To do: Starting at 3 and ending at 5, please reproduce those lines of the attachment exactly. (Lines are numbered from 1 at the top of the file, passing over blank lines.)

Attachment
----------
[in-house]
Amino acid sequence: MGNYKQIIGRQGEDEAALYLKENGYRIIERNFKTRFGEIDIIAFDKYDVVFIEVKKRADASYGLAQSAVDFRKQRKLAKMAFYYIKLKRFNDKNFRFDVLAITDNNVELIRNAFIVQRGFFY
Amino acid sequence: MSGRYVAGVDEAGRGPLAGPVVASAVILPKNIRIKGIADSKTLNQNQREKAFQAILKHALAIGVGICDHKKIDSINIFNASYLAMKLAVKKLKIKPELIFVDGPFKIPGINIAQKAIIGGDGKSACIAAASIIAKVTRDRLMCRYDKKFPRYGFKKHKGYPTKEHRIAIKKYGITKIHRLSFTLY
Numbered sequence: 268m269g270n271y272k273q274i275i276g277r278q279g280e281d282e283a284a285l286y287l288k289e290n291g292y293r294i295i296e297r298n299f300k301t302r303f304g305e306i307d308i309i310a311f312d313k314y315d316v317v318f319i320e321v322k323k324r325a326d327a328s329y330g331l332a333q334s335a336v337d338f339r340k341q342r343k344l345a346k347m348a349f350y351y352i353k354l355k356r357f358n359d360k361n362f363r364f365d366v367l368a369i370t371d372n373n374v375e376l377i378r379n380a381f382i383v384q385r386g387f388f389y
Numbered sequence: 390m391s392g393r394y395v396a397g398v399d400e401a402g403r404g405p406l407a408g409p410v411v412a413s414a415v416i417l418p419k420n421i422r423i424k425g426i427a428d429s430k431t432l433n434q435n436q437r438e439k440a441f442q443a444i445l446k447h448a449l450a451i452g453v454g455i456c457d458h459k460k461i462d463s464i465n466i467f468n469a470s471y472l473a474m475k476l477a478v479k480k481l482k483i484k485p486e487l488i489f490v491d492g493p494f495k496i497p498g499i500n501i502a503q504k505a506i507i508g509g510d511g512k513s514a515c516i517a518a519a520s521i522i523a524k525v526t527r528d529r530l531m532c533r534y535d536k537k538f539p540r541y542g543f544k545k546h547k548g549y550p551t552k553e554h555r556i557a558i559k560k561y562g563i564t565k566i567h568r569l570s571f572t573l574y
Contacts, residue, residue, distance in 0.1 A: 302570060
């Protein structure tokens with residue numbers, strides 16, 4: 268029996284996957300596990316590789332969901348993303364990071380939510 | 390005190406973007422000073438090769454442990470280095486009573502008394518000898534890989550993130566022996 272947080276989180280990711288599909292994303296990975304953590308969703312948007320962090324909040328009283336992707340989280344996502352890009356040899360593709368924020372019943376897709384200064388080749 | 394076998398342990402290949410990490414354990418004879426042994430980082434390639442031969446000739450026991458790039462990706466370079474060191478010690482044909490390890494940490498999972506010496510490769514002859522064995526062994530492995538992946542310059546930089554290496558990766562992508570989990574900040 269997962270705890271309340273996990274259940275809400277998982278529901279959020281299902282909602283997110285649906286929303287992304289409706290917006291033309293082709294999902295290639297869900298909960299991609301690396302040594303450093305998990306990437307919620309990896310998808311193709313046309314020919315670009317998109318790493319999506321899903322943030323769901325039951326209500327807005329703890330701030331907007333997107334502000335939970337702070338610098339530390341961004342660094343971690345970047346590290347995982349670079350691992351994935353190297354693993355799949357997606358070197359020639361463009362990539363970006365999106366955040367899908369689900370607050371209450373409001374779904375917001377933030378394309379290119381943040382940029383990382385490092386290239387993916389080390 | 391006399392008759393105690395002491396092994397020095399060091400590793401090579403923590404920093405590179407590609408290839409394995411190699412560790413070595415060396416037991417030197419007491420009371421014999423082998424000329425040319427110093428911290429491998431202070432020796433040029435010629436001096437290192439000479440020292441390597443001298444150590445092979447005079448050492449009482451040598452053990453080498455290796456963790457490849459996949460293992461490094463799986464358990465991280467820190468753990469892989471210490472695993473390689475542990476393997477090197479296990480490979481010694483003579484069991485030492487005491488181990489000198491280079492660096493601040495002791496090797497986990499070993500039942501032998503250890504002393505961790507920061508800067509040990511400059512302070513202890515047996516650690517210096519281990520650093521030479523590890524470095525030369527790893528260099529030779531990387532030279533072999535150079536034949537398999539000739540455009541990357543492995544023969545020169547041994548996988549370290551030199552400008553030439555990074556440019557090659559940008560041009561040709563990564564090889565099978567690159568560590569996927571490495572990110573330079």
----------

Amino acid sequence: MSGRYVAGVDEAGRGPLAGPVVASAVILPKNIRIKGIADSKTLNQNQREKAFQAILKHALAIGVGICDHKKIDSINIFNASYLAMKLAVKKLKIKPELIFVDGPFKIPGINIAQKAIIGGDGKSACIAAASIIAKVTRDRLMCRYDKKFPRYGFKKHKGYPTKEHRIAIKKYGITKIHRLSFTLY
Numbered sequence: 268m269g270n271y272k273q274i275i276g277r278q279g280e281d282e283a284a285l286y287l288k289e290n291g292y293r294i295i296e297r298n299f300k301t302r303f304g305e306i307d308i309i310a311f312d313k314y315d316v317v318f319i320e321v322k323k324r325a326d327a328s329y330g331l332a333q334s335a336v337d338f339r340k341q342r343k344l345a346k347m348a349f350y351y352i353k354l355k356r357f358n359d360k361n362f363r364f365d366v367l368a369i370t371d372n373n374v375e376l377i378r379n380a381f382i383v384q385r386g387f388f389y
Numbered sequence: 390m391s392g393r394y395v396a397g398v399d400e401a402g403r404g405p406l407a408g409p410v411v412a413s414a415v416i417l418p419k420n421i422r423i424k425g426i427a428d429s430k431t432l433n434q435n436q437r438e439k440a441f442q443a444i445l446k447h448a449l450a451i452g453v454g455i456c457d458h459k460k461i462d463s464i465n466i467f468n469a470s471y472l473a474m475k476l477a478v479k480k481l482k483i484k485p486e487l488i489f490v491d492g493p494f495k496i497p498g499i500n501i502a503q504k505a506i507i508g509g510d511g512k513s514a515c516i517a518a519a520s521i522i523a524k525v526t527r528d529r530l531m532c533r534y535d536k537k538f539p540r541y542g543f544k545k546h547k548g549y550p551t552k553e554h555r556i557a558i559k560k561y562g563i564t565k566i567h568r569l570s571f572t573l574y